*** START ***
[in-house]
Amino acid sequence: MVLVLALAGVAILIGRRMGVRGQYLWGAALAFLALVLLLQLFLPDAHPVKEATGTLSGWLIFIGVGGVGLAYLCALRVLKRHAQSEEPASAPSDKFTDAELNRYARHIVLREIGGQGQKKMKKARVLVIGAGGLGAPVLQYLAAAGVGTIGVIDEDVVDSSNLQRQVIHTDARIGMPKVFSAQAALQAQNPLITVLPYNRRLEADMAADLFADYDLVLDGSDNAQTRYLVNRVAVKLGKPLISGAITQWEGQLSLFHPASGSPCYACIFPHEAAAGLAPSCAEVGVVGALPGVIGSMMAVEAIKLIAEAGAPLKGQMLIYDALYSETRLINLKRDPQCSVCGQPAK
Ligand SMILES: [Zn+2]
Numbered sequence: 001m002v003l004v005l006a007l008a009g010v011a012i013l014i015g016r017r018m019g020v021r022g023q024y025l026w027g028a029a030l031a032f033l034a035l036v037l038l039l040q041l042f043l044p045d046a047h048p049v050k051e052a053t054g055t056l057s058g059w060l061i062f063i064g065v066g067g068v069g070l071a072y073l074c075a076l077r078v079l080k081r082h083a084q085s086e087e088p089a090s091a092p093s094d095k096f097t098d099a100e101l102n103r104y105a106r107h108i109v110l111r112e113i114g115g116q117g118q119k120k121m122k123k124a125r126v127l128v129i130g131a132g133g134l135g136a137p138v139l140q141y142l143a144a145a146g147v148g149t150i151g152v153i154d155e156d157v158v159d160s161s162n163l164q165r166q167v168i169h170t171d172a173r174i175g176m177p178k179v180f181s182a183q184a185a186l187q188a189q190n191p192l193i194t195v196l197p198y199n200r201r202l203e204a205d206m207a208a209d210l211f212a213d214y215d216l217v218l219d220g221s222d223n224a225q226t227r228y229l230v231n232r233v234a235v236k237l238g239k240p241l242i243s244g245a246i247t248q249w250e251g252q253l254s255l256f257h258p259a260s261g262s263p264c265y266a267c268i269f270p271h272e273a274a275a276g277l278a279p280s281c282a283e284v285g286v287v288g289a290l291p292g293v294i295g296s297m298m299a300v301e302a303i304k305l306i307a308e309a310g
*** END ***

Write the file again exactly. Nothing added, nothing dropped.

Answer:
[in-house]
Amino acid sequence: MVLVLALAGVAILIGRRMGVRGQYLWGAALAFLALVLLLQLFLPDAHPVKEATGTLSGWLIFIGVGGVGLAYLCALRVLKRHAQSEEPASAPSDKFTDAELNRYARHIVLREIGGQGQKKMKKARVLVIGAGGLGAPVLQYLAAAGVGTIGVIDEDVVDSSNLQRQVIHTDARIGMPKVFSAQAALQAQNPLITVLPYNRRLEADMAADLFADYDLVLDGSDNAQTRYLVNRVAVKLGKPLISGAITQWEGQLSLFHPASGSPCYACIFPHEAAAGLAPSCAEVGVVGALPGVIGSMMAVEAIKLIAEAGAPLKGQMLIYDALYSETRLINLKRDPQCSVCGQPAK
Ligand SMILES: [Zn+2]
Numbered sequence: 001m002v003l004v005l006a007l008a009g010v011a012i013l014i015g016r017r018m019g020v021r022g023q024y025l026w027g028a029a030l031a032f033l034a035l036v037l038l039l040q041l042f043l044p045d046a047h048p049v050k051e052a053t054g055t056l057s058g059w060l061i062f063i064g065v066g067g068v069g070l071a072y073l074c075a076l077r078v079l080k081r082h083a084q085s086e087e088p089a090s091a092p093s094d095k096f097t098d099a100e101l102n103r104y105a106r107h108i109v110l111r112e113i114g115g116q117g118q119k120k121m122k123k124a125r126v127l128v129i130g131a132g133g134l135g136a137p138v139l140q141y142l143a144a145a146g147v148g149t150i151g152v153i154d155e156d157v158v159d160s161s162n163l164q165r166q167v168i169h170t171d172a173r174i175g176m177p178k179v180f181s182a183q184a185a186l187q188a189q190n191p192l193i194t195v196l197p198y199n200r201r202l203e204a205d206m207a208a209d210l211f212a213d214y215d216l217v218l219d220g221s222d223n224a225q226t227r228y229l230v231n232r233v234a235v236k237l238g239k240p241l242i243s244g245a246i247t248q249w250e251g252q253l254s255l256f257h258p259a260s261g262s263p264c265y266a267c268i269f270p271h272e273a274a275a276g277l278a279p280s281c282a283e284v285g286v287v288g289a290l291p292g293v294i295g296s297m298m299a300v301e302a303i304k305l306i307a308e309a310g